Moses shepherded God’s flock by speaking God’s Word, rebuking and comforting, suffering with and for his flock, and leading them not only in their direction but also in worship and righteousness.
Moses spoke God’s Word to the people not only by revealing God’s name and telling them what to do, but also by revealing God’s character such as what was revealed to him on the mountain.
Moses both comforted and rebuked the people. He rebuked them for their sin and faithlessness and even told them that they would wander in the wilderness, but he also comforted them such as when he reminded them before the crossing of the Red Sea that God would fight for them and be victorious.
Moses suffered with his flock (he wandered in the wilderness as well) and he comforted them by reminding them of God’s promises and reminded them of God’s great power and that his promises would be fulfilled in their descendants.
Moses also led them, specifically in three ways: direction, worship, and righteousness.
Moses led them in direction by telling them what they should do and where they should go. He gave them the instructions for the Passover and told them to borrow the gold from their Egyptian neighbors.
He led them in worship when he sang the hymn in Exodus 15 praising Yahweh for the victory of the Red Sea and by instituting the worship of the tabernacle according to the pattern God had revealed on the mountain.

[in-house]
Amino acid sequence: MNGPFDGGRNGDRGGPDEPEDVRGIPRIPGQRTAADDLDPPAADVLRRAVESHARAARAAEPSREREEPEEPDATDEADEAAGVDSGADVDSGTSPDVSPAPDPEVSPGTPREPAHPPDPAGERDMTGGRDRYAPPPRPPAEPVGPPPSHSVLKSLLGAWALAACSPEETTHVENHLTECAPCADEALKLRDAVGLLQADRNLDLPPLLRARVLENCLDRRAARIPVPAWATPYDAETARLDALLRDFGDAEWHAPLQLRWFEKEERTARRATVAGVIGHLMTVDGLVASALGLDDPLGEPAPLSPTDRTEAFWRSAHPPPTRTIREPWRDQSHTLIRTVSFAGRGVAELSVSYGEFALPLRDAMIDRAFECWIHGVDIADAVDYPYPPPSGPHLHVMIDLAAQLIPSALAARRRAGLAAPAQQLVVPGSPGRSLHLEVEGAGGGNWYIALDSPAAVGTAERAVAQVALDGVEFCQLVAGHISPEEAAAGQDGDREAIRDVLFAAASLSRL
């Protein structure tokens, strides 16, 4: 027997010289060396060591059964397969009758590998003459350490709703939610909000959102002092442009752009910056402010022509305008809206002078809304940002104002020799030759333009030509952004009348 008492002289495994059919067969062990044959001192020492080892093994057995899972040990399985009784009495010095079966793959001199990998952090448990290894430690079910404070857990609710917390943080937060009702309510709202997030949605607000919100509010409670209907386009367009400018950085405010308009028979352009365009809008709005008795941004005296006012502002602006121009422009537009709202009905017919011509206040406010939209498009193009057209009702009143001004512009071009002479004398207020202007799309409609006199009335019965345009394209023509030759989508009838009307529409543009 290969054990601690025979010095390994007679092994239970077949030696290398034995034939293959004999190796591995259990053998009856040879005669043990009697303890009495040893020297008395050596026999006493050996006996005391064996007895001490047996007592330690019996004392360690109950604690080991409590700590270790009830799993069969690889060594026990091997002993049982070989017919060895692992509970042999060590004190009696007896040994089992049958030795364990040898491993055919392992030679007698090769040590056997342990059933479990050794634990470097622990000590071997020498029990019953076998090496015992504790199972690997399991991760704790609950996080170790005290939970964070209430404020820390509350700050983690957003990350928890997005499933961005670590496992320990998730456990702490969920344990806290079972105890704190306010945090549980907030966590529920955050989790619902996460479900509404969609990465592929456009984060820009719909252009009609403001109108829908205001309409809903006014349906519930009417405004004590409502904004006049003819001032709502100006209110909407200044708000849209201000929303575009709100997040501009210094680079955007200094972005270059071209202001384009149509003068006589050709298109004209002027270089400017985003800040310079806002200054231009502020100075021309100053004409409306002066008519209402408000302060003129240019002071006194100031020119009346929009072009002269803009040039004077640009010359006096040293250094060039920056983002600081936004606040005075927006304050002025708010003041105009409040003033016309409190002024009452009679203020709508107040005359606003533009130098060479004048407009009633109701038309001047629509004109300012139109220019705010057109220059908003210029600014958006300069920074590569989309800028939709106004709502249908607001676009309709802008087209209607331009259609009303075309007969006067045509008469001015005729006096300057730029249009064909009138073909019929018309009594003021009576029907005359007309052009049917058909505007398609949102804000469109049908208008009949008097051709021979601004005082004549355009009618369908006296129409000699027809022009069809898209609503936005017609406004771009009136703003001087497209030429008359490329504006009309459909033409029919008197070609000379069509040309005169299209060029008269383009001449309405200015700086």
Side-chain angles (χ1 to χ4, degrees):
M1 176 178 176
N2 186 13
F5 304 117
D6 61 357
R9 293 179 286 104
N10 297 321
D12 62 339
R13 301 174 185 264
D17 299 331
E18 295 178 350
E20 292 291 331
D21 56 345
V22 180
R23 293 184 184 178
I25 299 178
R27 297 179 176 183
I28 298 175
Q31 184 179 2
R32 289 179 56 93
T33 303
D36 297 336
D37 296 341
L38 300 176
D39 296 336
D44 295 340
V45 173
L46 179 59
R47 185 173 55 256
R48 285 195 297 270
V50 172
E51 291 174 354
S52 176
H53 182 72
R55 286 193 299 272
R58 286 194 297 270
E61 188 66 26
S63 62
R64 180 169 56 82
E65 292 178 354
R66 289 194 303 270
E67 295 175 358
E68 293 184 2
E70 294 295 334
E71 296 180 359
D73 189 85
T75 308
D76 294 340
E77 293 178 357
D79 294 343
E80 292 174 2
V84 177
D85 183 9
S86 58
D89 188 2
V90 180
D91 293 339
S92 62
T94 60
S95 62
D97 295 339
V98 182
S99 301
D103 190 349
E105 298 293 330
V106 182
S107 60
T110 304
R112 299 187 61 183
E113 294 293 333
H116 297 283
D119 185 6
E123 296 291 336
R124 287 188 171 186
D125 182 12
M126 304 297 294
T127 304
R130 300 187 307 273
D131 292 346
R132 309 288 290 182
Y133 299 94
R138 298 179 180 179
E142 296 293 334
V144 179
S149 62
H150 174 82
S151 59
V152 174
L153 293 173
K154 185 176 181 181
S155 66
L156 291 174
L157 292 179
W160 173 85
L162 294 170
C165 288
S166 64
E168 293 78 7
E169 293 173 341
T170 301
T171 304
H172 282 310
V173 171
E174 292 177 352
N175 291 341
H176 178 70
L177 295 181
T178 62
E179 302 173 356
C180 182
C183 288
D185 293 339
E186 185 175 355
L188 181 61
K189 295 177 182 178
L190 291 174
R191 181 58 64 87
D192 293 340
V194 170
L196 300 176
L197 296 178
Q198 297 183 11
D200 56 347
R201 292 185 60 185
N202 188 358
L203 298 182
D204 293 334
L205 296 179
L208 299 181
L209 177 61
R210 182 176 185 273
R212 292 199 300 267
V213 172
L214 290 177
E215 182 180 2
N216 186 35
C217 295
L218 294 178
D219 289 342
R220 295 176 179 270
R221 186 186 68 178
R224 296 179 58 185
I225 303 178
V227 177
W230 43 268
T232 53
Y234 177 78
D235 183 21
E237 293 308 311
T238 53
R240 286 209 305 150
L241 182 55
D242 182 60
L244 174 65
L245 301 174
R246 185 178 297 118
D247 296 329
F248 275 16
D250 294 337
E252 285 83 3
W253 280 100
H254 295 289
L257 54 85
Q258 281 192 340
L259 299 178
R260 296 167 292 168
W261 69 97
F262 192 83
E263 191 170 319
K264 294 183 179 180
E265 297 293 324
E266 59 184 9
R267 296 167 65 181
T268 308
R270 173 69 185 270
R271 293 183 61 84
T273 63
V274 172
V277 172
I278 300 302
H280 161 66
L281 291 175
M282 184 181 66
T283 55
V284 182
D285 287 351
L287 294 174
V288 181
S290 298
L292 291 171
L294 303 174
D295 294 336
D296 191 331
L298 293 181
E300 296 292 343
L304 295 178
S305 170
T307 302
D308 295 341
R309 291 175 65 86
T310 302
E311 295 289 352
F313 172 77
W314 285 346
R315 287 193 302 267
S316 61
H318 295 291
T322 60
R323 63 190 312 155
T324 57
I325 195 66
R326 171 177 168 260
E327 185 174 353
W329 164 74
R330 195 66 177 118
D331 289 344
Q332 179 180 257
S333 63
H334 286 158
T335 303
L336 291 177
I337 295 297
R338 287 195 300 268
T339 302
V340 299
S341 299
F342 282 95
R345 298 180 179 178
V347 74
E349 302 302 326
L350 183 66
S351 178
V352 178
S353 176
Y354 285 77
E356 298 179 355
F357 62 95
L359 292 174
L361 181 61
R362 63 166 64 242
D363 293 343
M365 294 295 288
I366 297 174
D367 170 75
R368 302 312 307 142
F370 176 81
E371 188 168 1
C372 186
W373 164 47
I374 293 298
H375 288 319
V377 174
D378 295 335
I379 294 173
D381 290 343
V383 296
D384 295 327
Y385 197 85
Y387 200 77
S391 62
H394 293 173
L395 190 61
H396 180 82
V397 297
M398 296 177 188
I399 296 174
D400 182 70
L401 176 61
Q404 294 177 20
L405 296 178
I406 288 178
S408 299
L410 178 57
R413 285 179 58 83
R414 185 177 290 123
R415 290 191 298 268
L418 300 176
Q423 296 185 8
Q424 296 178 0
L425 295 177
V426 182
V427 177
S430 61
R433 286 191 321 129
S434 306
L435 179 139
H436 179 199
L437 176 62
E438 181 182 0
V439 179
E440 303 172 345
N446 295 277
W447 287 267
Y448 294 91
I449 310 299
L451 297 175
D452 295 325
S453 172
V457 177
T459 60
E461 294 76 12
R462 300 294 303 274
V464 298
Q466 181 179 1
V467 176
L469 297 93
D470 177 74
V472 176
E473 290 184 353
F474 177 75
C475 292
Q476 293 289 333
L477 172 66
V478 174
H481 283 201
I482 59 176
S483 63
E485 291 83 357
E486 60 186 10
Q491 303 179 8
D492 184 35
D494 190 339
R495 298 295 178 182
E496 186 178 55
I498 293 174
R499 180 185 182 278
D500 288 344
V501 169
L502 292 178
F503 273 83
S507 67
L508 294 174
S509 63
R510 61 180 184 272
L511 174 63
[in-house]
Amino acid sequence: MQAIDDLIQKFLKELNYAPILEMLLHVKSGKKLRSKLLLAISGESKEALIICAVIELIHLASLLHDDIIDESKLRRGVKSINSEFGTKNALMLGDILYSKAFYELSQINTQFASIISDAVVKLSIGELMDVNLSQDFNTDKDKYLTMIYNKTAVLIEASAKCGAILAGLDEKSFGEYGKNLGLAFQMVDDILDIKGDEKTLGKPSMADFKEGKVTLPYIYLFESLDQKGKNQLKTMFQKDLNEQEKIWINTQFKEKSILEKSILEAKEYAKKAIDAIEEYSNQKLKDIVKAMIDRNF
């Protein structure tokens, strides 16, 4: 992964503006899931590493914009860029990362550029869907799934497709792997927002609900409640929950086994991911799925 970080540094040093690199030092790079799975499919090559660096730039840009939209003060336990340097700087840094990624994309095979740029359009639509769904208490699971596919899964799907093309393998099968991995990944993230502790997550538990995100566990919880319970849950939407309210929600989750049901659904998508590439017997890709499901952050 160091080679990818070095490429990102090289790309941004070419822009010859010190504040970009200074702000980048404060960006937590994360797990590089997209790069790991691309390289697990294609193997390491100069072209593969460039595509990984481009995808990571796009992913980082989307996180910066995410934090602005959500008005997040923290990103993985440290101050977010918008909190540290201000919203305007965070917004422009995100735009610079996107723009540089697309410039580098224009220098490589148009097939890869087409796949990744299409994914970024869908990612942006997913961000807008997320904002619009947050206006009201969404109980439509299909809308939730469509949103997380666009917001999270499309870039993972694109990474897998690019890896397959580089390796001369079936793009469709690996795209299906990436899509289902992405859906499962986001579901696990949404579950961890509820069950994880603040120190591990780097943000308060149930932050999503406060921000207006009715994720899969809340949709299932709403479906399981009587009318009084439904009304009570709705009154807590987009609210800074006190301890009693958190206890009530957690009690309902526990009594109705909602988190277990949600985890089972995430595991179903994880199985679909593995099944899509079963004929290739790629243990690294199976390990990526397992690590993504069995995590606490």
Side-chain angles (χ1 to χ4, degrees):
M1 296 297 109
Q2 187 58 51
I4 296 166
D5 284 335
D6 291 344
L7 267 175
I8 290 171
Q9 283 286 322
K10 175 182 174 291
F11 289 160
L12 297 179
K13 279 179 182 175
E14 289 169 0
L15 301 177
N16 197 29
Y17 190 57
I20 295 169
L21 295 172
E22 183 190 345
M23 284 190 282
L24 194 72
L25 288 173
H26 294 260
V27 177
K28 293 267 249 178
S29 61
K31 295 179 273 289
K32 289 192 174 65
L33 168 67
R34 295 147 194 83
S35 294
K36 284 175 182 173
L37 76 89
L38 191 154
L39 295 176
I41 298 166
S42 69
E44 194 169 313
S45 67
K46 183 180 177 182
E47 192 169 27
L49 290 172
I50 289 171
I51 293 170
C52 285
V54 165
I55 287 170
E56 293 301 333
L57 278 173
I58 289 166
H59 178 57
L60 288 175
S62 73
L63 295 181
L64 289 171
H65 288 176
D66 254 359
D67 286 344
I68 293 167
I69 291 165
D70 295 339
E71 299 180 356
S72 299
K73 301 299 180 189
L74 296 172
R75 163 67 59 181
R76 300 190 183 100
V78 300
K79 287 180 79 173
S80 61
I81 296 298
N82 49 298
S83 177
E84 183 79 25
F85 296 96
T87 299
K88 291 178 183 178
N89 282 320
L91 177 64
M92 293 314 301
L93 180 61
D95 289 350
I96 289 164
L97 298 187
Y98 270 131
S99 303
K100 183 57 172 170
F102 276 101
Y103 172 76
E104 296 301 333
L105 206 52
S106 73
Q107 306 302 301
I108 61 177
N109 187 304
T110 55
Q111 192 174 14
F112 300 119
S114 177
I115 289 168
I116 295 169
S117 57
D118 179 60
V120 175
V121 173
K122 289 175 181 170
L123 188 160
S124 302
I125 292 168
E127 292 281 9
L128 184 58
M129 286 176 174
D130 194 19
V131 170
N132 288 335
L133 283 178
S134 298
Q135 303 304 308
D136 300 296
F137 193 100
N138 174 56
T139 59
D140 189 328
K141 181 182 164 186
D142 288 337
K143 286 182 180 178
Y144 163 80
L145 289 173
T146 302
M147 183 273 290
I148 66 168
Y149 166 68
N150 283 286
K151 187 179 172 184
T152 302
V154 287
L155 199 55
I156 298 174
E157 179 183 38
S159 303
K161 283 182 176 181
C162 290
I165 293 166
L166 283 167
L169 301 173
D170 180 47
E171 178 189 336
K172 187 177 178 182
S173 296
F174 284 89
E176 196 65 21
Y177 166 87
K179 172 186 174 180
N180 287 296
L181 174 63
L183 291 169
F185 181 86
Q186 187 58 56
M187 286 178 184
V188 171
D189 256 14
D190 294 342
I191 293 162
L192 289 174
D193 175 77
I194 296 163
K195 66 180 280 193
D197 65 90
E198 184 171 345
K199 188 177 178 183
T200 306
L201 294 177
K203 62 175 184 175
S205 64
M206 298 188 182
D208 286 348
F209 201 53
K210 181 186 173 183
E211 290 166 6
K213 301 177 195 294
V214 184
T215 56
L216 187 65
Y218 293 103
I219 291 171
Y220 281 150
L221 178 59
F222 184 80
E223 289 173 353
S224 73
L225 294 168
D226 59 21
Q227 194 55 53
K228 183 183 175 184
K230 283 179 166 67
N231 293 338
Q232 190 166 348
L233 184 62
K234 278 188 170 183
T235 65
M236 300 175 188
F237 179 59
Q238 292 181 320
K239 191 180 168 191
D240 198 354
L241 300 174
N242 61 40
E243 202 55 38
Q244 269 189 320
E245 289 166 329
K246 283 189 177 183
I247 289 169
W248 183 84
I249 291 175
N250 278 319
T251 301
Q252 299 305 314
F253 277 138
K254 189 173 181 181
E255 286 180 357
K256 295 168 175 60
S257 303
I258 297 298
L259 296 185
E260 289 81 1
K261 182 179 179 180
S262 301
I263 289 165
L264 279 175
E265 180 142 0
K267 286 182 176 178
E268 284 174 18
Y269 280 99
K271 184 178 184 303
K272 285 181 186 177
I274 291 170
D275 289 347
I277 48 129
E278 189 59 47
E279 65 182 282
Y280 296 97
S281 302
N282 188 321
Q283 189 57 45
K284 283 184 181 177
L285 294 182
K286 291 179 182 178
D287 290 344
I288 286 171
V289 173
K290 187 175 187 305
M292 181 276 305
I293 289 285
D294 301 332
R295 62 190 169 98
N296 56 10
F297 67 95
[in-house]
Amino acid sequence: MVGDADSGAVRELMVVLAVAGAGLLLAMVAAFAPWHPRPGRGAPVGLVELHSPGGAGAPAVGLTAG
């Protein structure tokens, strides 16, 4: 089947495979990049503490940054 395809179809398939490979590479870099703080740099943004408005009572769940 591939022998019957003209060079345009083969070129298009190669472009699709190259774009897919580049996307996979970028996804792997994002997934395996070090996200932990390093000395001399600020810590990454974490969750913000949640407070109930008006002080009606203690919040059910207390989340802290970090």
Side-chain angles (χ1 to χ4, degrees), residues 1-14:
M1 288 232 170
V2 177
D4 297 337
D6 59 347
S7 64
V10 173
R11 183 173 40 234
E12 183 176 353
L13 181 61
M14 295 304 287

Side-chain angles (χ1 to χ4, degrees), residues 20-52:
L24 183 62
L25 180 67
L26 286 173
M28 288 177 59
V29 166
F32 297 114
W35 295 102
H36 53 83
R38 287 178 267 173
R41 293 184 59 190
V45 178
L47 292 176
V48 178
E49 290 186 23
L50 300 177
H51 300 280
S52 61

He led them in righteousness by demonstrating great faith and by submitting to the Word of the Lord (and, perhaps by demonstrating the cost of sin by being barred from the Promsied Land; if Moses is held accountable for his sin, where does that leave everybody else?). He also gave them the law and then served as a judge to interpret the law when there were questions about how the law was to be kept.
Some things to meditate on:
Moses had to be taught to be a shepherd and was taken from Pharaoh’s palace out into the wilderness. What kind of leader would he have been if he had led them straight from Pharaoh’s palace?
I think Moses would probably have been a manager rather than a shepherd.
This is an important question today when the pastoral office is often modeled after the CEO rather than the shepherd. (Some contend that we can’t know what a shepherd is because we are removed from the agrarian culture. That argument just doesn’t wash; Moses had no more idea what a shepherd was than we do until the Lord taught him. The Lord is faithful to his people and to his servants and this means he prepares his servants to do his work.